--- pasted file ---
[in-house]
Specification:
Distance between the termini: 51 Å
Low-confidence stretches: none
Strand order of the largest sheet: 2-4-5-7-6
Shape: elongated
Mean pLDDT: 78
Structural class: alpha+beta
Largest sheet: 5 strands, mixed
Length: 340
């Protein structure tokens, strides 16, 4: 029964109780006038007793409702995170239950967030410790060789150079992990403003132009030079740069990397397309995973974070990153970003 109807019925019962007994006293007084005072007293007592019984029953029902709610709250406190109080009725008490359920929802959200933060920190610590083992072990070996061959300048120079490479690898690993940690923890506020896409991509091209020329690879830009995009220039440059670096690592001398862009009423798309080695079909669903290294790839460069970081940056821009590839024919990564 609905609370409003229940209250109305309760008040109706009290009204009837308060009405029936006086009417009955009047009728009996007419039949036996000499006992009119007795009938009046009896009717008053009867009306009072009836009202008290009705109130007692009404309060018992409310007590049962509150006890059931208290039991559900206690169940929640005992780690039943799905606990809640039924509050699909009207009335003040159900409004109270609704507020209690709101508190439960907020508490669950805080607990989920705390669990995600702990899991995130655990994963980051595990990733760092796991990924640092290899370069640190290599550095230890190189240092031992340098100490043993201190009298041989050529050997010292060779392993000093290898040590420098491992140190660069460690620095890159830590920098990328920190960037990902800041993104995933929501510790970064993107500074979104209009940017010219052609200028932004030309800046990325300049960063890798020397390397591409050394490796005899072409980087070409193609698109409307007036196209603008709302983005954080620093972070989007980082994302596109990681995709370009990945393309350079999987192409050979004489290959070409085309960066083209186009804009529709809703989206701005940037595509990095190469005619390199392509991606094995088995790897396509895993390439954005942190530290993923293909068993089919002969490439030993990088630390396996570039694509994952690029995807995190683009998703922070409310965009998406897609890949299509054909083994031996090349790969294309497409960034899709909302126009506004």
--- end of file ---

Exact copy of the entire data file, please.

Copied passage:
[in-house]
Specification:
Distance between the termini: 51 Å
Low-confidence stretches: none
Strand order of the largest sheet: 2-4-5-7-6
Shape: elongated
Mean pLDDT: 78
Structural class: alpha+beta
Largest sheet: 5 strands, mixed
Length: 340
């Protein structure tokens, strides 16, 4: 029964109780006038007793409702995170239950967030410790060789150079992990403003132009030079740069990397397309995973974070990153970003 109807019925019962007994006293007084005072007293007592019984029953029902709610709250406190109080009725008490359920929802959200933060920190610590083992072990070996061959300048120079490479690898690993940690923890506020896409991509091209020329690879830009995009220039440059670096690592001398862009009423798309080695079909669903290294790839460069970081940056821009590839024919990564 609905609370409003229940209250109305309760008040109706009290009204009837308060009405029936006086009417009955009047009728009996007419039949036996000499006992009119007795009938009046009896009717008053009867009306009072009836009202008290009705109130007692009404309060018992409310007590049962509150006890059931208290039991559900206690169940929640005992780690039943799905606990809640039924509050699909009207009335003040159900409004109270609704507020209690709101508190439960907020508490669950805080607990989920705390669990995600702990899991995130655990994963980051595990990733760092796991990924640092290899370069640190290599550095230890190189240092031992340098100490043993201190009298041989050529050997010292060779392993000093290898040590420098491992140190660069460690620095890159830590920098990328920190960037990902800041993104995933929501510790970064993107500074979104209009940017010219052609200028932004030309800046990325300049960063890798020397390397591409050394490796005899072409980087070409193609698109409307007036196209603008709302983005954080620093972070989007980082994302596109990681995709370009990945393309350079999987192409050979004489290959070409085309960066083209186009804009529709809703989206701005940037595509990095190469005619390199392509991606094995088995790897396509895993390439954005942190530290993923293909068993089919002969490439030993990088630390396996570039694509994952690029995807995190683009998703922070409310965009998406897609890949299509054909083994031996090349790969294309497409960034899709909302126009506004």